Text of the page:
The student panel spotlighted harrowing stories of surviving active shooter incidents in schools. Jake Glacer, a senior at Stoneman Douglas High School in Parkland, Florida, recalled last February’s shooting; it was the deadliest at a high school in United States history, killing 17 students and staff members.
Glacer stated that he still doesn’t feel safe at school. The campus is secure with guarded entrances, but he sees rule enforcement as lax. He stressed the importance of emergency preparedness drills and getting students to pay attention to them.
“During the attack, no one was prepared, no one was thinking, ‘This could happen to me,’” Glacer said. “Even with this happening regularly in the news, I think people are still not taking this seriously, and that’s a problem.”
Kristina Anderson was shot three times during the Virginia Tech shooting in 2007. She stayed low and pretended to be dead until the incident was over. Since graduating from Virginia Tech, Anderson has dedicated her life to issues of campus safety and emergency planning. She spoke about co-founding a mobile app called LiveSafe, which provides students with a way to communicate directly with campus police to report suspicious activity or crimes in progress. USC is one of the universities utilizing the app, through the USC Department of Public Safety and the USC Department of Emergency Planning.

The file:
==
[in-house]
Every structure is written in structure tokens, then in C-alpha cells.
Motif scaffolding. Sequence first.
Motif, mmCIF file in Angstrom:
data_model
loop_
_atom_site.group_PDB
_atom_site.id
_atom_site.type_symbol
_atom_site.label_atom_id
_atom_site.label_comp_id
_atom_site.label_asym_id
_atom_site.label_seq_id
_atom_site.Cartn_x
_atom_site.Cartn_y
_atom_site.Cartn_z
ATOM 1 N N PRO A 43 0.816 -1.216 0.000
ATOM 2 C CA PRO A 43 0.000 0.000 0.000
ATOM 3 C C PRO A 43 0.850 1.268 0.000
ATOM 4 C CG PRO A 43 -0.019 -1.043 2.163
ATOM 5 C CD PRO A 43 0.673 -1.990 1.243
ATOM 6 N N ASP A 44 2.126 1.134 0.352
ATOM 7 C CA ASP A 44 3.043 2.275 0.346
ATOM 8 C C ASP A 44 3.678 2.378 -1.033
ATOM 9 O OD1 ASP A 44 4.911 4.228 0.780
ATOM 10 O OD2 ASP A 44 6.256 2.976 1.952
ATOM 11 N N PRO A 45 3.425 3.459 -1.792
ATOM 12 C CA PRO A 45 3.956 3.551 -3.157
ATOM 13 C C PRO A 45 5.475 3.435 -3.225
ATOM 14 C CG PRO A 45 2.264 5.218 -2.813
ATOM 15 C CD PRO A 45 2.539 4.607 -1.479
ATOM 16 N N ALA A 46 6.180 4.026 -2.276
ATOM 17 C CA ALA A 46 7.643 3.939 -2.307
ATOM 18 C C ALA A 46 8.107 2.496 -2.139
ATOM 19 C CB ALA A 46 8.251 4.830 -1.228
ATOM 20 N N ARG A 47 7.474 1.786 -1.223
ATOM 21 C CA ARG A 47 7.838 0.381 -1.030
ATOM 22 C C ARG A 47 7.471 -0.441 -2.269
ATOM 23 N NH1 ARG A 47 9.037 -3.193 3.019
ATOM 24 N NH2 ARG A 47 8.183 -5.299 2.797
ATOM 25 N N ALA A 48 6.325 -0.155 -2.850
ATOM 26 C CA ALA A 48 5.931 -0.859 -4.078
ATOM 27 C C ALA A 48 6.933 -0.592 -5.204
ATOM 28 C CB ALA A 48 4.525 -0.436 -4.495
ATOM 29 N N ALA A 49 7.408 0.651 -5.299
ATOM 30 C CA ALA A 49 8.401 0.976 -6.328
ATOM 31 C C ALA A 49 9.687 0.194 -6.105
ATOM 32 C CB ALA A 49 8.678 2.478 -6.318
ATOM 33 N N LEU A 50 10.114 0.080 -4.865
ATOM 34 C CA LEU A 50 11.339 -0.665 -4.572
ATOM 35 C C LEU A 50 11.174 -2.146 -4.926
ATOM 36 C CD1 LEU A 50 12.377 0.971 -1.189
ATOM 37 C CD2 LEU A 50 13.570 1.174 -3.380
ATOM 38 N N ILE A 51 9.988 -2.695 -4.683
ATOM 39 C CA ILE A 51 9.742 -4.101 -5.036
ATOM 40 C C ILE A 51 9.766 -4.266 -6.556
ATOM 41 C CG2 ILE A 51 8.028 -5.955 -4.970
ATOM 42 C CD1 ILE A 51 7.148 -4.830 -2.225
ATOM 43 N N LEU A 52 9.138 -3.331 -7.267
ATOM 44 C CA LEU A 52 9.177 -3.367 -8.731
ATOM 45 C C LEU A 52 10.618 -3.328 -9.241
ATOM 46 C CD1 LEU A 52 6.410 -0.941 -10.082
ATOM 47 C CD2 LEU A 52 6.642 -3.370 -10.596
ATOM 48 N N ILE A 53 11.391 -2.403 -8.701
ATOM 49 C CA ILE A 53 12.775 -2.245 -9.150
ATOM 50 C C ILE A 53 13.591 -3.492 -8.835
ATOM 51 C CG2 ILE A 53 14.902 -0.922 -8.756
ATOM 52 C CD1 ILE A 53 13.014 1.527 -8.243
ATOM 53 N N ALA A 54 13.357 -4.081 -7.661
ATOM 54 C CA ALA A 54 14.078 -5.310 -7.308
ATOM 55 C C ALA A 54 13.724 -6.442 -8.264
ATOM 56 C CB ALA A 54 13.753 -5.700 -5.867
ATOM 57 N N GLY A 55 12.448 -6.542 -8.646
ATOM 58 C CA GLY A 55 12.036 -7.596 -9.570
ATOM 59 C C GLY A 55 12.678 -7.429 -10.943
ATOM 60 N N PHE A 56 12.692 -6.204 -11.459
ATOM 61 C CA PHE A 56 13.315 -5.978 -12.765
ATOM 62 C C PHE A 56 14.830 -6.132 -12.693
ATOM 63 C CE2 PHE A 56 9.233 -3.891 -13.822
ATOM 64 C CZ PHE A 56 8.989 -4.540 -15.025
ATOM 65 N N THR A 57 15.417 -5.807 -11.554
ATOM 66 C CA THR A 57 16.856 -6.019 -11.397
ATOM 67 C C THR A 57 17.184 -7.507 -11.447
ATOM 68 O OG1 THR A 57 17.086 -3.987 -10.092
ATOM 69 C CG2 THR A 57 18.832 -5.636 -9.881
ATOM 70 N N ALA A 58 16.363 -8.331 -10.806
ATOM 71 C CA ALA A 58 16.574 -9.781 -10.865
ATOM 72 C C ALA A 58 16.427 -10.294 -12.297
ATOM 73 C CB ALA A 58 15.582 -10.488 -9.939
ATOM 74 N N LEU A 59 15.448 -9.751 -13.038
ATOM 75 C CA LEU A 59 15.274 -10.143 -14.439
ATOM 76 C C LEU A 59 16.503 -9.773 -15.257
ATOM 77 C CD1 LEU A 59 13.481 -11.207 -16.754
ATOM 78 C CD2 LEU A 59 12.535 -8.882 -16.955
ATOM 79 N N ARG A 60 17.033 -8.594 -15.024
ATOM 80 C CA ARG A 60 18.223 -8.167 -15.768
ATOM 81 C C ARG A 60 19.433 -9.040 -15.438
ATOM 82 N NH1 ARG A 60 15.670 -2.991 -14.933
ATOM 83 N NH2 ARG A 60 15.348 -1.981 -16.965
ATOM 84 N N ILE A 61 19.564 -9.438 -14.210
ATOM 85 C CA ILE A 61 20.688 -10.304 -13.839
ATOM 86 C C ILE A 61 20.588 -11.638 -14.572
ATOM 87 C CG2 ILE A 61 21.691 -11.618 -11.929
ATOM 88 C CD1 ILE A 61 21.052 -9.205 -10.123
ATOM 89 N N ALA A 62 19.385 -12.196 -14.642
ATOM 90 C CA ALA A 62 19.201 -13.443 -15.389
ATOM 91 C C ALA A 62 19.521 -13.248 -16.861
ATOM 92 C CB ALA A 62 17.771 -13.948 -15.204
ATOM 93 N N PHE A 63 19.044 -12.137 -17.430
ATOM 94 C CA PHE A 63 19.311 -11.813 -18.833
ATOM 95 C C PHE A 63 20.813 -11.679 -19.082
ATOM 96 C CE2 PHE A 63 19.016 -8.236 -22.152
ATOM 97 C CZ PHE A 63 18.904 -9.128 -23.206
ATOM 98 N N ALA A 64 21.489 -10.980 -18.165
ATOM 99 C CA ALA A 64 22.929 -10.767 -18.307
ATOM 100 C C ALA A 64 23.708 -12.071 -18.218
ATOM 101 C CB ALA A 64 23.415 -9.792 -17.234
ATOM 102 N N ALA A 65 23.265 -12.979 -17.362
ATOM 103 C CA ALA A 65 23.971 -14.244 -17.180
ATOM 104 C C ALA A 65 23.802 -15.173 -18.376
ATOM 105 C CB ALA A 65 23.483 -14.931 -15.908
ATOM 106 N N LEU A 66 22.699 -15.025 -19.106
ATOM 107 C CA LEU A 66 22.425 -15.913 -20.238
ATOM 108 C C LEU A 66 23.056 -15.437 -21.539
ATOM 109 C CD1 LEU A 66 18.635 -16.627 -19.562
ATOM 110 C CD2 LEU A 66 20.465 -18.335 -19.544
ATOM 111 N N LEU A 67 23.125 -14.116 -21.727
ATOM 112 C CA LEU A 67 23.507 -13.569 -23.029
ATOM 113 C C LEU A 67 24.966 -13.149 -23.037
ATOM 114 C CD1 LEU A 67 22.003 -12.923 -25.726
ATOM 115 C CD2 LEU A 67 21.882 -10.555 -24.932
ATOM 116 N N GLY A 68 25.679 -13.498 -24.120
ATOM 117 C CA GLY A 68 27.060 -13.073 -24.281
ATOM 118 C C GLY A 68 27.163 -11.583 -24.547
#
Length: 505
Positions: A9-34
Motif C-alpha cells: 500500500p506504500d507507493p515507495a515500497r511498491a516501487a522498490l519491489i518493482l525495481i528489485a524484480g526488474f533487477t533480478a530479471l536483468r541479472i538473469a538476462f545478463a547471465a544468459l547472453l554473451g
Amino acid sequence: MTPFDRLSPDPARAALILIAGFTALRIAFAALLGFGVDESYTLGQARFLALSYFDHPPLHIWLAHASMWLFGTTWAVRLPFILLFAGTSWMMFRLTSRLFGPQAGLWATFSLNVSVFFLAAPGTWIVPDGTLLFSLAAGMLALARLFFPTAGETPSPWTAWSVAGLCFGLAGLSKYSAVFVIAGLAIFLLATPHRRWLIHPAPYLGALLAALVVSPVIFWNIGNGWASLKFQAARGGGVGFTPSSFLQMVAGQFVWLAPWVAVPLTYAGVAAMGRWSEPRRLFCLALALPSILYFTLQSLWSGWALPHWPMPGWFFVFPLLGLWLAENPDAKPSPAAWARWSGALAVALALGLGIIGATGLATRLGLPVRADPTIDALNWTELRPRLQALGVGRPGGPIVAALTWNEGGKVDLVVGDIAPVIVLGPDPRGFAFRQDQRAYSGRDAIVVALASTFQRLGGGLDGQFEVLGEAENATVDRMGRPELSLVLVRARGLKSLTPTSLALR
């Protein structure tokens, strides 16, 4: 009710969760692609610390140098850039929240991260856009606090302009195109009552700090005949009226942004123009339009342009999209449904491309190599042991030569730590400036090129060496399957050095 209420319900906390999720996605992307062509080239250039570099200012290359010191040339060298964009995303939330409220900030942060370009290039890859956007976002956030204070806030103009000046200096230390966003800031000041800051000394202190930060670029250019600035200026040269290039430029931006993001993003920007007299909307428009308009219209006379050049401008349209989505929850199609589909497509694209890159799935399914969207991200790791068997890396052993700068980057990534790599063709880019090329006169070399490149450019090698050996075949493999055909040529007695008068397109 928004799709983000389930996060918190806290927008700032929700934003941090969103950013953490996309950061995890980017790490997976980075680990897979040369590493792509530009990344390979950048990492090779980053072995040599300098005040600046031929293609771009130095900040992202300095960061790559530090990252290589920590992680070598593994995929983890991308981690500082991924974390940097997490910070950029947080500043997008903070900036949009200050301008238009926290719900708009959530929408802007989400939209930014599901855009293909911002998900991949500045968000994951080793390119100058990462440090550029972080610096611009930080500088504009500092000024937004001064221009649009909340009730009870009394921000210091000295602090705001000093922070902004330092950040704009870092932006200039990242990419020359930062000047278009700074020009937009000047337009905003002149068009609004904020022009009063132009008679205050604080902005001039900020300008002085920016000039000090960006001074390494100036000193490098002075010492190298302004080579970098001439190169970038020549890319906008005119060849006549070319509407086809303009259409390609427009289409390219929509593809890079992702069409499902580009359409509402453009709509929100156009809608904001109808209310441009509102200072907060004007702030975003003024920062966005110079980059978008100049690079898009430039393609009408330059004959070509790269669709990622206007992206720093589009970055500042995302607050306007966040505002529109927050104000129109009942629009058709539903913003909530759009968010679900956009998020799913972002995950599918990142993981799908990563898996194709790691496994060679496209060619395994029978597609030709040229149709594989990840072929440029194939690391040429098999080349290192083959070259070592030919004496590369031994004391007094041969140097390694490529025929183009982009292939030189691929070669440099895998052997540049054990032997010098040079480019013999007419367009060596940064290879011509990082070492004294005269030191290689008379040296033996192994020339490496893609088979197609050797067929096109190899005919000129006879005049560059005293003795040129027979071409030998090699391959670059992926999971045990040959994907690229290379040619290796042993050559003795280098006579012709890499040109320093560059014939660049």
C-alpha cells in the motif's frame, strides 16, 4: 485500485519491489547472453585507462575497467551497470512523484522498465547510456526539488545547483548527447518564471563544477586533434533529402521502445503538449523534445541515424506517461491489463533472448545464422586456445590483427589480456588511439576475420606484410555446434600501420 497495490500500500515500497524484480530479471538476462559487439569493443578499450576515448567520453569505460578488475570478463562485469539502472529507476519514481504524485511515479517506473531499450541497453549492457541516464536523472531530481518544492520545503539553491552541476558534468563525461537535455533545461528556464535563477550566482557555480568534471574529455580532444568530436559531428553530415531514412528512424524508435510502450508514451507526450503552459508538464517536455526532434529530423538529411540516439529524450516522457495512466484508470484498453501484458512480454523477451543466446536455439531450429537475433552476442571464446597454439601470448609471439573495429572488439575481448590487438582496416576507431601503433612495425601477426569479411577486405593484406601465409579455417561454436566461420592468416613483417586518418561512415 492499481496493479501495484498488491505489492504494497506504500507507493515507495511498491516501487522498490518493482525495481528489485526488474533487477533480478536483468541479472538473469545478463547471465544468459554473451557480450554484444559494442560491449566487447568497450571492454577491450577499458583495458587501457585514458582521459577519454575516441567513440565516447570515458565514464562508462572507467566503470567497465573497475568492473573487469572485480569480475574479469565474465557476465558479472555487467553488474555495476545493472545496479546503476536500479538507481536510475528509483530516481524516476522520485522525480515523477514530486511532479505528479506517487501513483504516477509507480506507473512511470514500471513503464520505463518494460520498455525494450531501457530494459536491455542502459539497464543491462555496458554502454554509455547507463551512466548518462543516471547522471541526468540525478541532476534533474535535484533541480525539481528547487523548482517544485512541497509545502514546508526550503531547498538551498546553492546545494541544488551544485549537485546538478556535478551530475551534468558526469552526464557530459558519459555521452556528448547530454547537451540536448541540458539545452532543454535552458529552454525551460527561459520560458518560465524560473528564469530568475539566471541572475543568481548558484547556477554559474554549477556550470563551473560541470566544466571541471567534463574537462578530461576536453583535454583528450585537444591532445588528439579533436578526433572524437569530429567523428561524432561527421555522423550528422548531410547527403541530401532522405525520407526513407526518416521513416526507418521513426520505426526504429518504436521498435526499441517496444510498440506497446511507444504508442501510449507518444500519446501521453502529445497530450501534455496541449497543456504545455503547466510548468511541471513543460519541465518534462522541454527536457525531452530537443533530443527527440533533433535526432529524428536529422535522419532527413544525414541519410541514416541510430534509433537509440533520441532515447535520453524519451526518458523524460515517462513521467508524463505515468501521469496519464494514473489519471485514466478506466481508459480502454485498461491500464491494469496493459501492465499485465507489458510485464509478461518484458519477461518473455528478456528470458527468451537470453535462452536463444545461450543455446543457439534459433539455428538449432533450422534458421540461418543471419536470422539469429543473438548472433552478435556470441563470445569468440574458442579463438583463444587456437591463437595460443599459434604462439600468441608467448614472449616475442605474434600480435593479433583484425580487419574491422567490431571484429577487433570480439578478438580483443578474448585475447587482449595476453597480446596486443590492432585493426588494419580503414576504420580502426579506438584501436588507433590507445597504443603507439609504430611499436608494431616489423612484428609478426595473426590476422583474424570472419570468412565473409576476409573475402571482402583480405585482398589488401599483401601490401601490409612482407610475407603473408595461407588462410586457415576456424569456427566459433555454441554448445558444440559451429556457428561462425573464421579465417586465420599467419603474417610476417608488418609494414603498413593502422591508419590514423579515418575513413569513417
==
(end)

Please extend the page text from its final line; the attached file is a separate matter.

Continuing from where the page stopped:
“Never stop pushing safety and security for your own self,” Anderson said. “But also remain hopeful. Schools are safe, people are safe, people are good, but sometimes bad things happen.”
Amandeep Kaur and Laraine Perez, students at Cleveland Charter High School in Reseda — where a student was arrested this year after threatening notes were found on campus — noted that school violence isn’t just about shootings. As queer students of color, they’ve experienced emotional abuse and bullying. They want to see more school mental health programs giving students a safe space in which to share their feelings.
“We’re going to keep advocating for change,” Kaur said. “Right now, no one is listening to students. Lawmakers have to listen to us. We’re over it at this point. What do we need to do to get you to listen to us? We need more platforms for everyone to speak their experiences, whether it’s school shootings, cyber or physical bullying.”
In the second panel, Los Angeles County Department of Public Health Director Barbara Ferrer agreed that it’s important for students to be heard, because students stop more school shootings from happening than metal detectors do.